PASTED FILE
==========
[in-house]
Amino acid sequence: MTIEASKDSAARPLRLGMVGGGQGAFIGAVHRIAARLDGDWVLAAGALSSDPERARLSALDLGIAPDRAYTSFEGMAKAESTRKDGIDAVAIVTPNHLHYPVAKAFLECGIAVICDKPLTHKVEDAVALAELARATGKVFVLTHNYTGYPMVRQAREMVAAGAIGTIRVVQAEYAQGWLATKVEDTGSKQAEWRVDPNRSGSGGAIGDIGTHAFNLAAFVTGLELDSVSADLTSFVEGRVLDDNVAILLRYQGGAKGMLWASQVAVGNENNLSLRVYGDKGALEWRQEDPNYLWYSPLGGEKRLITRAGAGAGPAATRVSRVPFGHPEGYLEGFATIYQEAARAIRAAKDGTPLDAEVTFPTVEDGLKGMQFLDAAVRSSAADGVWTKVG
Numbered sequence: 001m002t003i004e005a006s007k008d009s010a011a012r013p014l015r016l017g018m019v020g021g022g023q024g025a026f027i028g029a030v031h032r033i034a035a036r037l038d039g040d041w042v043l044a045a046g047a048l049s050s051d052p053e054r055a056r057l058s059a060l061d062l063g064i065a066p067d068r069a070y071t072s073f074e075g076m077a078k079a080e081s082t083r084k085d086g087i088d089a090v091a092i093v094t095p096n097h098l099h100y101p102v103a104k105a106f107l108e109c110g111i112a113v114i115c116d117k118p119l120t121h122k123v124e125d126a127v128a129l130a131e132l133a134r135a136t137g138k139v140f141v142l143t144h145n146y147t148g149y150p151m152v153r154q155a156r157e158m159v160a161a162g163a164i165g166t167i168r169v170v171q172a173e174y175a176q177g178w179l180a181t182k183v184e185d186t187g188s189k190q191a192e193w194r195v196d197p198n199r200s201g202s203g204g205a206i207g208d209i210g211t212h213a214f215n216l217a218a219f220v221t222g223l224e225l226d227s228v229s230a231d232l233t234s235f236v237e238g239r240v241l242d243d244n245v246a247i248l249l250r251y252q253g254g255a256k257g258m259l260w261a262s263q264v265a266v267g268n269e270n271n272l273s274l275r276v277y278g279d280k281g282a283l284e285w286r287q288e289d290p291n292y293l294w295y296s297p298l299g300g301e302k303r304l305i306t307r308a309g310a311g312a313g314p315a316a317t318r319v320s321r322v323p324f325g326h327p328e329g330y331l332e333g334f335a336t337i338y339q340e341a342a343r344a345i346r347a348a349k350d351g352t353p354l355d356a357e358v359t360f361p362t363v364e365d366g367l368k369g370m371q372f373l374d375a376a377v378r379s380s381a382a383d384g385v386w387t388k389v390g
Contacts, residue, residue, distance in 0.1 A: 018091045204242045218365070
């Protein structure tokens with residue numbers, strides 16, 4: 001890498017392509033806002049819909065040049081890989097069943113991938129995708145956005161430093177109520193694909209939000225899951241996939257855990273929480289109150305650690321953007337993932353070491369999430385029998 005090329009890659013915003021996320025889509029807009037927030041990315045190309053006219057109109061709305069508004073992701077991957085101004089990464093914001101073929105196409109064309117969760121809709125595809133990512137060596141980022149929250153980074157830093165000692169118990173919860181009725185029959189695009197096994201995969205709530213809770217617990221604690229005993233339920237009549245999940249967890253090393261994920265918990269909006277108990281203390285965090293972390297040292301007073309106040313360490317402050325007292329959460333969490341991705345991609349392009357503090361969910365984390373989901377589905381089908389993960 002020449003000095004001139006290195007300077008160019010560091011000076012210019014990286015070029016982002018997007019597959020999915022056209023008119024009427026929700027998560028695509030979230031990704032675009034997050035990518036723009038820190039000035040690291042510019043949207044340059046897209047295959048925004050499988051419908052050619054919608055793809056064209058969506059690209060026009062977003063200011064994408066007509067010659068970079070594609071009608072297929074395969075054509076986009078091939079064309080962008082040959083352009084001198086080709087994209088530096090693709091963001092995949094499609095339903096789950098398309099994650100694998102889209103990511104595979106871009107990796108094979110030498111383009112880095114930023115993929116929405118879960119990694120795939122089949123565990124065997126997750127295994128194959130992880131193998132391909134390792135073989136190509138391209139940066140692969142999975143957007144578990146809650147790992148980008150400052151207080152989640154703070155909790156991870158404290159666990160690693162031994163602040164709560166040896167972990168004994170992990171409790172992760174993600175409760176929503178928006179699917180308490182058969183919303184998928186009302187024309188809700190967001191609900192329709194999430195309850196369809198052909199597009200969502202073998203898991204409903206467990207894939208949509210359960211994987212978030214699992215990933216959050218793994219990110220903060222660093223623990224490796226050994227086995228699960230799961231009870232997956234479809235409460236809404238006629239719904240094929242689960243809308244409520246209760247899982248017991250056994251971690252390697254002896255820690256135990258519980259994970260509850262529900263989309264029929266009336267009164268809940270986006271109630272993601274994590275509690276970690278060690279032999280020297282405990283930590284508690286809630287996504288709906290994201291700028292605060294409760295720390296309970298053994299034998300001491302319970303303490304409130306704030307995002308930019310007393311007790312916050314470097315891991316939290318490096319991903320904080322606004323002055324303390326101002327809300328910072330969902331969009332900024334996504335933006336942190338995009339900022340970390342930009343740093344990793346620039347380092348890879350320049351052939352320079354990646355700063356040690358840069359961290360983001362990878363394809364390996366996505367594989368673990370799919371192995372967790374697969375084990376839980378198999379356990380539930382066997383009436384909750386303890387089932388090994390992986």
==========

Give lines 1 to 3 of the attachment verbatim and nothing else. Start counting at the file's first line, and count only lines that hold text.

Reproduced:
[in-house]
Amino acid sequence: MTIEASKDSAARPLRLGMVGGGQGAFIGAVHRIAARLDGDWVLAAGALSSDPERARLSALDLGIAPDRAYTSFEGMAKAESTRKDGIDAVAIVTPNHLHYPVAKAFLECGIAVICDKPLTHKVEDAVALAELARATGKVFVLTHNYTGYPMVRQAREMVAAGAIGTIRVVQAEYAQGWLATKVEDTGSKQAEWRVDPNRSGSGGAIGDIGTHAFNLAAFVTGLELDSVSADLTSFVEGRVLDDNVAILLRYQGGAKGMLWASQVAVGNENNLSLRVYGDKGALEWRQEDPNYLWYSPLGGEKRLITRAGAGAGPAATRVSRVPFGHPEGYLEGFATIYQEAARAIRAAKDGTPLDAEVTFPTVEDGLKGMQFLDAAVRSSAADGVWTKVG
Numbered sequence: 001m002t003i004e005a006s007k008d009s010a011a012r013p014l015r016l017g018m019v020g021g022g023q024g025a026f027i028g029a030v031h032r033i034a035a036r037l038d039g040d041w042v043l044a045a046g047a048l049s050s051d052p053e054r055a056r057l058s059a060l061d062l063g064i065a066p067d068r069a070y071t072s073f074e075g076m077a078k079a080e081s082t083r084k085d086g087i088d089a090v091a092i093v094t095p096n097h098l099h100y101p102v103a104k105a106f107l108e109c110g111i112a113v114i115c116d117k118p119l120t121h122k123v124e125d126a127v128a129l130a131e132l133a134r135a136t137g138k139v140f141v142l143t144h145n146y147t148g149y150p151m152v153r154q155a156r157e158m159v160a161a162g163a164i165g166t167i168r169v170v171q172a173e174y175a176q177g178w179l180a181t182k183v184e185d186t187g188s189k190q191a192e193w194r195v196d197p198n199r200s201g202s203g204g205a206i207g208d209i210g211t212h213a214f215n216l217a218a219f220v221t222g223l224e225l226d227s228v229s230a231d232l233t234s235f236v237e238g239r240v241l242d243d244n245v246a247i248l249l250r251y252q253g254g255a256k257g258m259l260w261a262s263q264v265a266v267g268n269e270n271n272l273s274l275r276v277y278g279d280k281g282a283l284e285w286r287q288e289d290p291n292y293l294w295y296s297p298l299g300g301e302k303r304l305i306t307r308a309g310a311g312a313g314p315a316a317t318r319v320s321r322v323p324f325g326h327p328e329g330y331l332e333g334f335a336t337i338y339q340e341a342a343r344a345i346r347a348a349k350d351g352t353p354l355d356a357e358v359t360f361p362t363v364e365d366g367l368k369g370m371q372f373l374d375a376a377v378r379s380s381a382a383d384g385v386w387t388k389v390g